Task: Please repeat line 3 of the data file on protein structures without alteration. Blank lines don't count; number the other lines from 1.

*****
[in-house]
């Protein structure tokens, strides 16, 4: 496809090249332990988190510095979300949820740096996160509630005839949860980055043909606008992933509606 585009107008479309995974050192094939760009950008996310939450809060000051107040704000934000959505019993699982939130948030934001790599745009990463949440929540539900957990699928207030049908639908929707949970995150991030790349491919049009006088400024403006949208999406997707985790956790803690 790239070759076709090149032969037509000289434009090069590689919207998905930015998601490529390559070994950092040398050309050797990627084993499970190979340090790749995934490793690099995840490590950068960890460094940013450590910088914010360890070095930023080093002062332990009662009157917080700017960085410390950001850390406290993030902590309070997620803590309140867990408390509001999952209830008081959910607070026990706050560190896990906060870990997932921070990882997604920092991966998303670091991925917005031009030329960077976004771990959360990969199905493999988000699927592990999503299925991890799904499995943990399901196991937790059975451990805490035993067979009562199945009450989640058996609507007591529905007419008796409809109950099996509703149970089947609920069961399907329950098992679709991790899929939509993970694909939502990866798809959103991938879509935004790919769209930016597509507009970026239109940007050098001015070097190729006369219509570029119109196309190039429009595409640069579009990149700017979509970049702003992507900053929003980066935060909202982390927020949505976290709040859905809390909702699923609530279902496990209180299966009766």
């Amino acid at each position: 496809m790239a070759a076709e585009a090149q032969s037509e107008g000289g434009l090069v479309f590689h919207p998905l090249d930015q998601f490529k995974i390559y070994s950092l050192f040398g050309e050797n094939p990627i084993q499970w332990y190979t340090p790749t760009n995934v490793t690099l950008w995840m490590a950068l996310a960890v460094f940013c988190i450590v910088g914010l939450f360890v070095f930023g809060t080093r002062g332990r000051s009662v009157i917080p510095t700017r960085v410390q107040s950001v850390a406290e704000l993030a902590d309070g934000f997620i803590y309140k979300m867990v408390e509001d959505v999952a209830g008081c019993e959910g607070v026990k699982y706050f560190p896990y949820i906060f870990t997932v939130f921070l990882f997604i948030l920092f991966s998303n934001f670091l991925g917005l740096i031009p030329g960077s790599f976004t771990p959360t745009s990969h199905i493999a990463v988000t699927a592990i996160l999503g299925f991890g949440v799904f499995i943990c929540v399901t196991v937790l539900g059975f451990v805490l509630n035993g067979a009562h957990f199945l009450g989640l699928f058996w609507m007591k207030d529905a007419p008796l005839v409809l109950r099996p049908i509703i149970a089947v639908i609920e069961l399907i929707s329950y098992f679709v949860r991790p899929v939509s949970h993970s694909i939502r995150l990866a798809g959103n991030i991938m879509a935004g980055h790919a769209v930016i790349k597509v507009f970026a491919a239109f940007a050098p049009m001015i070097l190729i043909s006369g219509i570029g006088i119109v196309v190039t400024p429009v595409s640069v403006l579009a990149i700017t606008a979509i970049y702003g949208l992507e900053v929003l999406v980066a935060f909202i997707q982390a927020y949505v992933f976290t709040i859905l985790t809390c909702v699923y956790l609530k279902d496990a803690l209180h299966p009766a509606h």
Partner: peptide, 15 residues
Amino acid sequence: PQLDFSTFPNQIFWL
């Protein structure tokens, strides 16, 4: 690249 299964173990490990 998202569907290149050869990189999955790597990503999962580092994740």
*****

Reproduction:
């Amino acid at each position: 496809m790239a070759a076709e585009a090149q032969s037509e107008g000289g434009l090069v479309f590689h919207p998905l090249d930015q998601f490529k995974i390559y070994s950092l050192f040398g050309e050797n094939p990627i084993q499970w332990y190979t340090p790749t760009n995934v490793t690099l950008w995840m490590a950068l996310a960890v460094f940013c988190i450590v910088g914010l939450f360890v070095f930023g809060t080093r002062g332990r000051s009662v009157i917080p510095t700017r960085v410390q107040s950001v850390a406290e704000l993030a902590d309070g934000f997620i803590y309140k979300m867990v408390e509001d959505v999952a209830g008081c019993e959910g607070v026990k699982y706050f560190p896990y949820i906060f870990t997932v939130f921070l990882f997604i948030l920092f991966s998303n934001f670091l991925g917005l740096i031009p030329g960077s790599f976004t771990p959360t745009s990969h199905i493999a990463v988000t699927a592990i996160l999503g299925f991890g949440v799904f499995i943990c929540v399901t196991v937790l539900g059975f451990v805490l509630n035993g067979a009562h957990f199945l009450g989640l699928f058996w609507m007591k207030d529905a007419p008796l005839v409809l109950r099996p049908i509703i149970a089947v639908i609920e069961l399907i929707s329950y098992f679709v949860r991790p899929v939509s949970h993970s694909i939502r995150l990866a798809g959103n991030i991938m879509a935004g980055h790919a769209v930016i790349k597509v507009f970026a491919a239109f940007a050098p049009m001015i070097l190729i043909s006369g219509i570029g006088i119109v196309v190039t400024p429009v595409s640069v403006l579009a990149i700017t606008a979509i970049y702003g949208l992507e900053v929003l999406v980066a935060f909202i997707q982390a927020y949505v992933f976290t709040i859905l985790t809390c909702v699923y956790l609530k279902d496990a803690l209180h299966p009766a509606h």